The advent of spring conjures up thoughts of longer days, sunny skies and baseball.
The latter is enjoyed by professionals and amateurs, along with many who are playing for the first time and are working their way through the various levels of youth baseball and softball.
One of the most important parts of the game at any level is the importance and the ability of sliding into the bases correctly. It is a part of sound, fundamental baseball, but can also cause unnecessary injuries if not properly executed.
An injury while sliding can be costly not only in terms of a player’s health, but in financial impacts to a league as well.
In 2004, 12-year-old Martin Gonzales tore ligaments in his knee while sliding into second base during a Little League game in Staten Island, New York. His mother, Jean, sued Little League International, the parent organization of youth baseball as well as the local league for not teaching her son proper sliding techniques and was awarded $125,000 in damages in 2009.
Santa Monica Little League Safety Officer Kevin Smith said Little League International requires all of its teams to maintain injury reports sustained when playing baseball or softball, and that was one of the principal reasons for the implementation of the safety, or breakaway base. The base detaches as a player slides into it, lessening the possibility of a player jamming an ankle or breaking a leg.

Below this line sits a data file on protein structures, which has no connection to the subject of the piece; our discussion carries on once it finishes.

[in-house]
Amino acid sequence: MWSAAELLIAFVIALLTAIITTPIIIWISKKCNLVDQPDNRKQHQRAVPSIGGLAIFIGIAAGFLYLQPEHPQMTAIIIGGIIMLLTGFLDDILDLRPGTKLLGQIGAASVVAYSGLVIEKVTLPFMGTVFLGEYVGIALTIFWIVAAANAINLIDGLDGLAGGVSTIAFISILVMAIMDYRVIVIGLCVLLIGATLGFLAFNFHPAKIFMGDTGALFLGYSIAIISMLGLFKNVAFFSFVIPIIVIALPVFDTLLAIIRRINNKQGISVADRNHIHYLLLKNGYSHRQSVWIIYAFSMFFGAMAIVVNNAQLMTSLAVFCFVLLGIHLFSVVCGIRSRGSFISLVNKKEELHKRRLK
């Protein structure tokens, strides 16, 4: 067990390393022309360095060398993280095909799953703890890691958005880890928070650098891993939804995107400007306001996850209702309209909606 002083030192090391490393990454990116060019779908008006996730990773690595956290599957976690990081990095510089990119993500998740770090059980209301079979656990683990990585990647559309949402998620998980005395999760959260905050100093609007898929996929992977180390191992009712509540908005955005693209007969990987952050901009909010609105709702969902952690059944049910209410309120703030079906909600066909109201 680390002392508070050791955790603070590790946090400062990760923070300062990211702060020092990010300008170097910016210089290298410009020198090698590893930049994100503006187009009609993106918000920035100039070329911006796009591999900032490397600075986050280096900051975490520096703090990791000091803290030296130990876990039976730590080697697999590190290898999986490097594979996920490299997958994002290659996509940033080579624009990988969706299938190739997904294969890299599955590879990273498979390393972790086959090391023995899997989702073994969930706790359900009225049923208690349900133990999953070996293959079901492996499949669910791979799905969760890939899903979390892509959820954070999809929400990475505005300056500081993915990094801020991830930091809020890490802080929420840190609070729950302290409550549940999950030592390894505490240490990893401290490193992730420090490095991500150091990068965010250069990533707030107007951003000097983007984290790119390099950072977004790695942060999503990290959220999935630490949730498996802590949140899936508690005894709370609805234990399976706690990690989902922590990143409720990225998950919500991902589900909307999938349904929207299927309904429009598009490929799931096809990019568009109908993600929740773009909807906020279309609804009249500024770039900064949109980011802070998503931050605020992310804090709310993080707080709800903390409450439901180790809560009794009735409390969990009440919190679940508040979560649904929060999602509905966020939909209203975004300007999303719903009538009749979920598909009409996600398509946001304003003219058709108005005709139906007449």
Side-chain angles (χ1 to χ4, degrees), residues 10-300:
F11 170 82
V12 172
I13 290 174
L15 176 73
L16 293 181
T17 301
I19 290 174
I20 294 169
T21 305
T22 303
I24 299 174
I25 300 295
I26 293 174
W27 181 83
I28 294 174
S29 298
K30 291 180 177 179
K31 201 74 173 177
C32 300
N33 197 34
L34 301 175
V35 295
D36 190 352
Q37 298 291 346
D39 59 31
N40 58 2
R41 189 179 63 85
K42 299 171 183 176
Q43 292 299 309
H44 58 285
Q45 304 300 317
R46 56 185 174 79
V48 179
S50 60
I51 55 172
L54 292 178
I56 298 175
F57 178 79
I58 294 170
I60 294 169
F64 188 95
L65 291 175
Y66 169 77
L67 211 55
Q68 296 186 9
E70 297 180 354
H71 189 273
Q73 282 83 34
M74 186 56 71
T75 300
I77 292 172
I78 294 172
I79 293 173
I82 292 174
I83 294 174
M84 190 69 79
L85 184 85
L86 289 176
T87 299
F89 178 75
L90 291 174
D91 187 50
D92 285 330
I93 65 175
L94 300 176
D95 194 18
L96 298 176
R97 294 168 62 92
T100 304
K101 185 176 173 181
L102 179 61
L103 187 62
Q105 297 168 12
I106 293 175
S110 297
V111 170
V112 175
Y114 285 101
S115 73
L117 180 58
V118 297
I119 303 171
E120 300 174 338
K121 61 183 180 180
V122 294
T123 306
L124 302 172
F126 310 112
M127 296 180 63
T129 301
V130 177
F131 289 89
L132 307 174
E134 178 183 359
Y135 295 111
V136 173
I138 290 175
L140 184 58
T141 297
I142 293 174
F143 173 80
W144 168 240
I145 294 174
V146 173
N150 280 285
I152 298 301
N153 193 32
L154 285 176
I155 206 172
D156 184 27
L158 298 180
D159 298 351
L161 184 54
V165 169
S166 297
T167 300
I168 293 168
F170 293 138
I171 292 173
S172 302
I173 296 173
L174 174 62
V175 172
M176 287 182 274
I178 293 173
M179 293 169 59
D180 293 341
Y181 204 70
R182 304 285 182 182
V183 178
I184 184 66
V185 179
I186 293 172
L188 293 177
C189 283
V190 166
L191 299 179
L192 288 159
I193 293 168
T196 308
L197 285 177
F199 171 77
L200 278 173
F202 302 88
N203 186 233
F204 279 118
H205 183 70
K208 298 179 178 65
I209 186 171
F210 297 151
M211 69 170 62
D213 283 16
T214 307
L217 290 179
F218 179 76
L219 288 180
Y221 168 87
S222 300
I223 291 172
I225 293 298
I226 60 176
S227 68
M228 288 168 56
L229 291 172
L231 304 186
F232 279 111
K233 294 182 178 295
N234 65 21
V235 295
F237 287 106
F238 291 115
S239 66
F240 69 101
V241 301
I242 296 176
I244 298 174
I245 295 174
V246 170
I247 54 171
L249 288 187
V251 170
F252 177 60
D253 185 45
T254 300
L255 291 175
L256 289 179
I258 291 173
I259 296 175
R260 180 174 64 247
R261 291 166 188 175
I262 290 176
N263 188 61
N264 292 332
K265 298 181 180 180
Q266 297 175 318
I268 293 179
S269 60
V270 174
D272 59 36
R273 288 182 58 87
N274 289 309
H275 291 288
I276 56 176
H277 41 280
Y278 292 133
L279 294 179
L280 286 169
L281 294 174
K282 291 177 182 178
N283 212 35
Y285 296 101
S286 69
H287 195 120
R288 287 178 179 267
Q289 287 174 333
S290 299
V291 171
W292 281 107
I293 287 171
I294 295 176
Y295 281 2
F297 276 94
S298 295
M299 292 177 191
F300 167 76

During routine base running, they do not detach.
“We also require all of our coaches to go through training from the very first day, which includes how to teach the proper way to slide,” said Smith, who has been with the Santa Monica Little League for a decade. “The clinics provide them with the fundamentals in all areas of the game.”
Jean Gonzales’ son was injured sliding into a stationary base.
Dr. Danielle Fisher, a Westchester pediatrician, says she rarely sees patients who have been injured as a result of sliding.
“I think that coaches are doing a really good job on teaching sliding, and the breakaway bases have really been a significant factor in the reduction of leg and ankle injuries,” said Fisher, who treats youngsters until the age of 16.
But Fisher said that damage sustained to a joint or limb during a slide does not always present itself in the form of a dislocated or twisted ankle.
“It’s not always clear cut,” the doctor said. “A player could have pulled a groin muscle from sliding that could lead to further complications if it isn’t treated properly.”
Fisher says an evaluation of the entire extremity must be conducted, including the knee, hip and ankle and a full set of X-rays should be taken to rule out a frontal fracture.
“If a player is repeatedly complaining of pain, then a second set of X-rays should be taken,” the doctor recommends.
Dr. Robert Watkins, an orthopaedic spine surgeon and co-director of the Marina Spine Center at Marina Del Rey Hospital, says the sliding techniques being taught today are largely the same as in prior years, but the safety bases have made a difference.